Anheuser-Busch makes new £68-bn offer for SABMiller

The world's largest brewer, Anheuser-Busch InBev sweetened its bid for SABMiller today, offering just over £68 billion for its largest rival in a bid to expand its reach into Africa and other markets and build the first truly global beer company.

Under the revised proposal, AB InBev has agreed to pay SABMiller £42.15 per share in cash, with a partial share alternative available for approximately 41 per cent of the SABMiller shares.

AB InBev has made two prior written proposals in private to SABMiller, the first at £38.00 per share in cash, which was raised in the second to £40 per share in cash.

SABMiller rejected both of these proposals without any meaningful engagement.

AB InBev expects the revised proposal to be highly attractive to SABMiller shareholders and provide an extremely compelling opportunity for them.

The cash proposal represents a premium of approximately 44 per cent to SABMiller's closing share price of £29.34 on 14 September 2015 (being the last business day prior to renewed speculation of an approach from AB InBev).

AB InBev  said in a statement, ''The revised proposal is designed to enable a compelling cash offer to be made to SABMiller's public shareholders and to provide a continuing attractive investment for Altria Group, Inc and BevCo Ltd (who together hold approximately 41 per cent of the SABMiller shares), which AB InBev believes will satisfy their financial requirements. Importantly, the partial share alternative enables appropriate financing to be achieved and supports the cash offer at a higher price than AB InBev would otherwise be able to offer.''

In response, SABMiller said its board would meet to consider the latest proposal as soon as it could but said it noted the cash offer was only 15 pence a share higher than an informal £42 proposal made "and rejected" at a meeting on Monday.

The all-cash offer within the new proposal announced today (the £42.15 proposal) is only £0.15 higher than the £42 proposal considered and rejected on 5 October 2015, SABMiller said.

The board will, of course, meet formally to consider the £42.15 proposal as soon as practicable and a further announcement will be made thereafter, it added.

''SABMiller is the crown jewel of the global brewing industry, uniquely positioned to continue to generate decades of standalone future volume and value growth for all SABMiller shareholders from highly attractive markets,'' Jan du Plessis, chairman of SABMiller, said.

''AB InBev needs SABMiller but has made opportunistic and highly conditional proposals, elements of which have been deliberately designed to be unattractive to many of our shareholders. AB InBev is very substantially undervaluing SABMiller,'' he added.

The stock element of the partially unlisted shares and cash offer alternative (PUSCA), as communicated to the board of SABMiller, would take the form of a separate class of shares in AB InBev which would be: unlisted; subject to a 5-year lock-up; convertible into ordinary AB InBev shares at the end of that 5-year lock-up period; ranking pro rata for dividends and voting rights with ordinary AB InBev shares; and entitled to unspecified director nomination rights to the Board of the combined company.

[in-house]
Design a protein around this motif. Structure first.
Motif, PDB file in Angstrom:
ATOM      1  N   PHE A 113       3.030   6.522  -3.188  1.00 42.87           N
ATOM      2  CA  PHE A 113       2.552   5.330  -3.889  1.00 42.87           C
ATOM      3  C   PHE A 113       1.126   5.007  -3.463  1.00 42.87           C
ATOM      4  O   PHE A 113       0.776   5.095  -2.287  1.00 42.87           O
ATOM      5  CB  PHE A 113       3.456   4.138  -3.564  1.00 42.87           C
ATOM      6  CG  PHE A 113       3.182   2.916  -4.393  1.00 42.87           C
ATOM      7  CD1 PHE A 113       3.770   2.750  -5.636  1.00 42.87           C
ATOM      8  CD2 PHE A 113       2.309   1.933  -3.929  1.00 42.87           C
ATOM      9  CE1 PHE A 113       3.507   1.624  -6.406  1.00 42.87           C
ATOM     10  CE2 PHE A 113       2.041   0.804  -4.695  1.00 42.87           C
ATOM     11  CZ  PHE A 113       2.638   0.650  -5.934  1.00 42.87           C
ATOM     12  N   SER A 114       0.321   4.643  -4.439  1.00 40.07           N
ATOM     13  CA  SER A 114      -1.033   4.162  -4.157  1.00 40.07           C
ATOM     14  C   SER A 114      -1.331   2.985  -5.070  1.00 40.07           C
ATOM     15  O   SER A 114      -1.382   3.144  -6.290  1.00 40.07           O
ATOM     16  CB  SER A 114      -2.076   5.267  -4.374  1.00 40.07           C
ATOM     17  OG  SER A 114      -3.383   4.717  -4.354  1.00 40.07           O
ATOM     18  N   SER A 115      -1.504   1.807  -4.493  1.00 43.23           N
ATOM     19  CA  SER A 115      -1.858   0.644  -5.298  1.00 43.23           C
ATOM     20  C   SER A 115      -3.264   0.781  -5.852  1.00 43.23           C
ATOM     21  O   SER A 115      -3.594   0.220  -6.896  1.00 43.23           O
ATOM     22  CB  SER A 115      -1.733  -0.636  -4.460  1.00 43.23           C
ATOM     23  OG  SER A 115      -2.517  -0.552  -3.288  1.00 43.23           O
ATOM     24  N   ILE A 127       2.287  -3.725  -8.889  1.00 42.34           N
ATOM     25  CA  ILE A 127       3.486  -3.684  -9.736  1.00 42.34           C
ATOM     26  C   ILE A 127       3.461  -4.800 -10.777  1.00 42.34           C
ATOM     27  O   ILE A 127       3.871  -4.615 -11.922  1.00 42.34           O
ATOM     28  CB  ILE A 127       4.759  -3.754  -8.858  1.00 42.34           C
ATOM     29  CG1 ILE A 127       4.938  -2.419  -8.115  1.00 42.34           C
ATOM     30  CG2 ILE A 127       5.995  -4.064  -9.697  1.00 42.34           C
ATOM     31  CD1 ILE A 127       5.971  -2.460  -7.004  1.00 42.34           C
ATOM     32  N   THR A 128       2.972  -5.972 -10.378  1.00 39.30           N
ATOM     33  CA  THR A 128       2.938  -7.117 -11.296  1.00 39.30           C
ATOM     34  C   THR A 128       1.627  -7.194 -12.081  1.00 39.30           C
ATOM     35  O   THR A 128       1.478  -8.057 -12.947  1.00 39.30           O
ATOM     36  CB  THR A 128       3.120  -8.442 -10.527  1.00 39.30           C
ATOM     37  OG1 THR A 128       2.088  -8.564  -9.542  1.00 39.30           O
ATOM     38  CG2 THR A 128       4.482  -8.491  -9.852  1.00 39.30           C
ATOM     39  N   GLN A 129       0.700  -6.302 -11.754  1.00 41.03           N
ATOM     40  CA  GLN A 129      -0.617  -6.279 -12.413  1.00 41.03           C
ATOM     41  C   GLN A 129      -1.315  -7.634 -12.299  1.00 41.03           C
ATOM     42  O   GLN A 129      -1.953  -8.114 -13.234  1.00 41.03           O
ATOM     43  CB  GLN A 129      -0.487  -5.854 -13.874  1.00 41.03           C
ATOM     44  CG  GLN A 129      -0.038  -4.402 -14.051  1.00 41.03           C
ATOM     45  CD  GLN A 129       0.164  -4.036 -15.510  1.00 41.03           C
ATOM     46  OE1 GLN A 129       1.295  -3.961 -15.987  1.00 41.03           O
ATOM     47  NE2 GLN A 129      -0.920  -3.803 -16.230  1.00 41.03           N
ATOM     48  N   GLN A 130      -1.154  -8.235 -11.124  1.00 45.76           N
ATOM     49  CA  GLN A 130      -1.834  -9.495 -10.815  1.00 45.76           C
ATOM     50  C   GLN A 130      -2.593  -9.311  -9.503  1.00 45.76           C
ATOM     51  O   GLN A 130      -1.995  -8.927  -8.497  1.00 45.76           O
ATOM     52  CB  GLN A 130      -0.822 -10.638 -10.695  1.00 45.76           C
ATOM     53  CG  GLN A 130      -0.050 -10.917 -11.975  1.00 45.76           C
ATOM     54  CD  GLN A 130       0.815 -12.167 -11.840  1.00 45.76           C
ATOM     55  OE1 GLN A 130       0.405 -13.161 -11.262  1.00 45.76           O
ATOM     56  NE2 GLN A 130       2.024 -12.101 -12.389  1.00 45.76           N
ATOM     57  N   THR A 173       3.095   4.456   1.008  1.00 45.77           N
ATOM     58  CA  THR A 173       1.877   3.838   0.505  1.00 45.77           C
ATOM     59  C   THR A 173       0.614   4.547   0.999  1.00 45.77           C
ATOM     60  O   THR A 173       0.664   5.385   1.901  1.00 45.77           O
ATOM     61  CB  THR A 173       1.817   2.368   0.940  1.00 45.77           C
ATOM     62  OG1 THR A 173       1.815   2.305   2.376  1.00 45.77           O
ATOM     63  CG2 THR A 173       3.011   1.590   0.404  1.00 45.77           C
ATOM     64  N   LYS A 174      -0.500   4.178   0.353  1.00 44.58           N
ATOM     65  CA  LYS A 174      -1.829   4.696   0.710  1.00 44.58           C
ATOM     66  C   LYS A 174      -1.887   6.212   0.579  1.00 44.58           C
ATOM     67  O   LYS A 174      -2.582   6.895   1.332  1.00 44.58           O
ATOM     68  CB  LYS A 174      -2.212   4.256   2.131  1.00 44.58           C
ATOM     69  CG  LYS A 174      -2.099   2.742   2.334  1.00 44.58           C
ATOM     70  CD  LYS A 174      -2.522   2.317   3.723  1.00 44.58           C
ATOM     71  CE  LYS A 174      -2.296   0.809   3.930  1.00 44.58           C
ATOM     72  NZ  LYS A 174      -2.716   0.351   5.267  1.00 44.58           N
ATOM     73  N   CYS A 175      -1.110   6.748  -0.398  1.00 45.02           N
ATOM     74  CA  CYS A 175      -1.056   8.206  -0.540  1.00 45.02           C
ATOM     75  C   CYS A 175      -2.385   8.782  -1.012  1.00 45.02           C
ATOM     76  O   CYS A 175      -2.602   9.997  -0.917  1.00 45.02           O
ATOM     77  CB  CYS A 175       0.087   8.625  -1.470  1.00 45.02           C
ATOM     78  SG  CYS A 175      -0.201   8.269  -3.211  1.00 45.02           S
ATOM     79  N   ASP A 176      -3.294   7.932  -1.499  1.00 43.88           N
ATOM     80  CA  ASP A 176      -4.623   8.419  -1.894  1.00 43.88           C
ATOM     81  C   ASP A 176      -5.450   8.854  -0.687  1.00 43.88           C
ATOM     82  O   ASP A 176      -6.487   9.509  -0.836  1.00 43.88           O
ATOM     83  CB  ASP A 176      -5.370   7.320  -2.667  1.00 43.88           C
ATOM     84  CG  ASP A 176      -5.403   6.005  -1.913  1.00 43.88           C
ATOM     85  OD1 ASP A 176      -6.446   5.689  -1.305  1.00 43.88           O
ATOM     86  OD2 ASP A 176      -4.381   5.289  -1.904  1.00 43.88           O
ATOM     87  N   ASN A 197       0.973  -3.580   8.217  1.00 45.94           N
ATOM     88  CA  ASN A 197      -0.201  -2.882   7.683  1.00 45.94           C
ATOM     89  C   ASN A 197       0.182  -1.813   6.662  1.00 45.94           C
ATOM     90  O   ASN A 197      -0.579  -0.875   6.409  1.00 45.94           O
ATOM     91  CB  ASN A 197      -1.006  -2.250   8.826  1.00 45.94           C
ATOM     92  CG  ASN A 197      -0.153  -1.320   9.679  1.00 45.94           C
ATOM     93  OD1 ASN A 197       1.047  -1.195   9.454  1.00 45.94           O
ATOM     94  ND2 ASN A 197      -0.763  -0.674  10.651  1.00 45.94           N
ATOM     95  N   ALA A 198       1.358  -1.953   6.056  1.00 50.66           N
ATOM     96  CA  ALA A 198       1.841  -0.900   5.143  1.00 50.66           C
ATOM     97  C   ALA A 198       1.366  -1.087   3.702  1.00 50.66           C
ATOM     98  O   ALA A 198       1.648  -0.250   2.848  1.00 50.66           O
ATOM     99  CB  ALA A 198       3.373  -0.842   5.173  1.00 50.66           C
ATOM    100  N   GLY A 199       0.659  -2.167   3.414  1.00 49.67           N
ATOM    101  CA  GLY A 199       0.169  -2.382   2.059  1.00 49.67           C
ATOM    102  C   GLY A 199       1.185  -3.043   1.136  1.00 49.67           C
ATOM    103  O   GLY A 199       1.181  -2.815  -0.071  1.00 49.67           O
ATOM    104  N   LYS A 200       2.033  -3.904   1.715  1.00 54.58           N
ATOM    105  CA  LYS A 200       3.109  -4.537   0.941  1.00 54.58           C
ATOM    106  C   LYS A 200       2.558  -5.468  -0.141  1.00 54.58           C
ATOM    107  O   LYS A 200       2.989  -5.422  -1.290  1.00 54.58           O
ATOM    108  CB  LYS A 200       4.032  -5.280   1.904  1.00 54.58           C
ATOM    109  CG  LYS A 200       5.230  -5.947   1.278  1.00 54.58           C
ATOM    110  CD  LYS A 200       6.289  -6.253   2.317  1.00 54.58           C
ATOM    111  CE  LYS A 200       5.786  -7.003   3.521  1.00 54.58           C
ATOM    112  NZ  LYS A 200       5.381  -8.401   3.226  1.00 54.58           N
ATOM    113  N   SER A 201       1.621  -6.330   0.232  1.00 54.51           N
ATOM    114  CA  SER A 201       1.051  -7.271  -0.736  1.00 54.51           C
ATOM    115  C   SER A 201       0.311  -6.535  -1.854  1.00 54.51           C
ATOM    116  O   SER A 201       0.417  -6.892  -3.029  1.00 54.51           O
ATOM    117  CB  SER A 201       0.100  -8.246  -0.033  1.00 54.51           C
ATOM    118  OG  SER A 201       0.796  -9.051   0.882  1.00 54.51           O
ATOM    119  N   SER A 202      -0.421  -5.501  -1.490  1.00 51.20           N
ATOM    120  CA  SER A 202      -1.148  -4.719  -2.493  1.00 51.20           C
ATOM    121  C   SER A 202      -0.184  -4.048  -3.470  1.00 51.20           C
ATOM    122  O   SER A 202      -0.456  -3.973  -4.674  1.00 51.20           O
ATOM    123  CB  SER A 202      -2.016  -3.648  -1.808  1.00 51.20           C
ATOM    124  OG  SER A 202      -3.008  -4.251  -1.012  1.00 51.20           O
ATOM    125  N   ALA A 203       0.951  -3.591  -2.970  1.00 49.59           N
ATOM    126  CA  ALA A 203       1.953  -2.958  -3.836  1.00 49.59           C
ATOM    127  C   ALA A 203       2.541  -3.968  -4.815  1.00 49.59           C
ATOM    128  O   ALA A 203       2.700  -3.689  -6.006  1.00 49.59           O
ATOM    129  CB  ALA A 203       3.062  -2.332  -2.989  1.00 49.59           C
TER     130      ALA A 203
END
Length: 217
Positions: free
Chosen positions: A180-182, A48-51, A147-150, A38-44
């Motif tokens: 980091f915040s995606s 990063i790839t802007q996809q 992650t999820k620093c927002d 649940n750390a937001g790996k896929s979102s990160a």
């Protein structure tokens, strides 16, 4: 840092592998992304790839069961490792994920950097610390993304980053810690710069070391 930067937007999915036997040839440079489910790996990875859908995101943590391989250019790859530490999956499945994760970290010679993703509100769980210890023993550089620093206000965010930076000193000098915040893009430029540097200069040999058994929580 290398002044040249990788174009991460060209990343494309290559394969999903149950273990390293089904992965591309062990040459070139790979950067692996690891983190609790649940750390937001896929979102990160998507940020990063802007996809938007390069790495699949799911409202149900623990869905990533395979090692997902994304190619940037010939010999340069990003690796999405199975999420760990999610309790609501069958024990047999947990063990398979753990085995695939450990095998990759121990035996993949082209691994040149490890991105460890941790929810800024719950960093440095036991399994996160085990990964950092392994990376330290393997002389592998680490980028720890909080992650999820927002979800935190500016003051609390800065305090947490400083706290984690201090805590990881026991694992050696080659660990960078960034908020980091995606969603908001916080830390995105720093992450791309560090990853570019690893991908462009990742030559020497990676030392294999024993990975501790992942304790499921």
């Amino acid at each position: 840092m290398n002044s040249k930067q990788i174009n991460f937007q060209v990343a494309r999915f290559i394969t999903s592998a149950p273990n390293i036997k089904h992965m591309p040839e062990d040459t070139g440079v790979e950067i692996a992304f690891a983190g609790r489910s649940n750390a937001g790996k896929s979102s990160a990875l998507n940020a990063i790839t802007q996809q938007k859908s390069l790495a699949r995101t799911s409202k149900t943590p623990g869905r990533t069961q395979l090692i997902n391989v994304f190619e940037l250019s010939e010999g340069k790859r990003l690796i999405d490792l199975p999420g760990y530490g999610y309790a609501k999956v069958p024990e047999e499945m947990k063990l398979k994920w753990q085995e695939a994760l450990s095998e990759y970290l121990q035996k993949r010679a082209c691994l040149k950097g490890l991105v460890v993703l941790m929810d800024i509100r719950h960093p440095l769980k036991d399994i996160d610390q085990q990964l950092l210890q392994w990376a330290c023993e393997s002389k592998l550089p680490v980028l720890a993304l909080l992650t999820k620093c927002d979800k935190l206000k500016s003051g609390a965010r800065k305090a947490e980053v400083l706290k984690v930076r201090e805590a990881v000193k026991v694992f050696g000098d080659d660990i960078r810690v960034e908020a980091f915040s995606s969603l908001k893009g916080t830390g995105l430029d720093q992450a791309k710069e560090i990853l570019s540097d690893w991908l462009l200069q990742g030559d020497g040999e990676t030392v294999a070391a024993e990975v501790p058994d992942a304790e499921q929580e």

The cash offer of £42.15 per SABMiller share is equivalent to a 12 per cent premium to the value of the PUSCA of £37.49 on 6 October 2015.

Assuming a pro rata election for the PUSCA, the £42.15 Proposal values each SABMiller share at £40.21.

The £42.15 Proposal is, inter alia, conditional upon both SABMiller's two largest shareholders, Altria Group Inc. and BevCo Ltd., who together hold approximately 40 per cent of the entire issued share capital of SABMiller, executing irrevocable undertakings to vote in favour of the transaction and to elect for the PUSCA in respect of their entire holdings in SABMiller.

If there are elections for the PUSCA by other SABMiller shareholders for more than the number of shares available under the PUSCA, then the allocations to Altria Group Inc and BevCo Ltd (and any other SABMiller shareholders who elected for more than their pro rata elections) would be scaled back accordingly.

AB InBev has indicated that, with effect from completion of a transaction, it would list the ordinary shares of the combined company (but not the stock element of the PUSCA) on the Johannesburg Stock Exchange by way of a secondary listing.

If a deal is struck and completed, it would create the world's biggest brewing company, combining Budweiser and Stella Artois from AB InBev with Peroni and Miller from SAB.

The enlarged group would generate revenues of $64 billion and earnings of $24 billion, according to AB InBev.

AB InBev is trying to pressure SABMiller into a deal by working with its biggest shareholders, Altria and BevCo, who between them hold 41 per cent of the London-listed group's shares.

The most recent proposal would see the pair, continue as investors in the enlarged group by taking part of their payment in unlisted stock, which could convert to AB InBev shares after five years.

SAB had pointed out, that, as this shares-based element of the deal would pay slightly less than the cash offer, the overall value of the firm would be closer to £65 billion, and would change along with AB InBev's share price.

"This was designed with and for the two shareholders," said Carlos Brito, chief executive of AB InBev. "There's no transaction without them," The Telegraph reported.

Anheuser-Busch InBev SA (AB InBev) could table an initial $106-billion takeover offer for SABMiller, the Sunday Times reported. (See: AB InBev may bid $106 bn for SAB Miller: report).

SABMiller shares rose 1.3 per cent at £36.68 by 0927 GMT, when AB InBev's were 1.4 per cent higher at €99.45.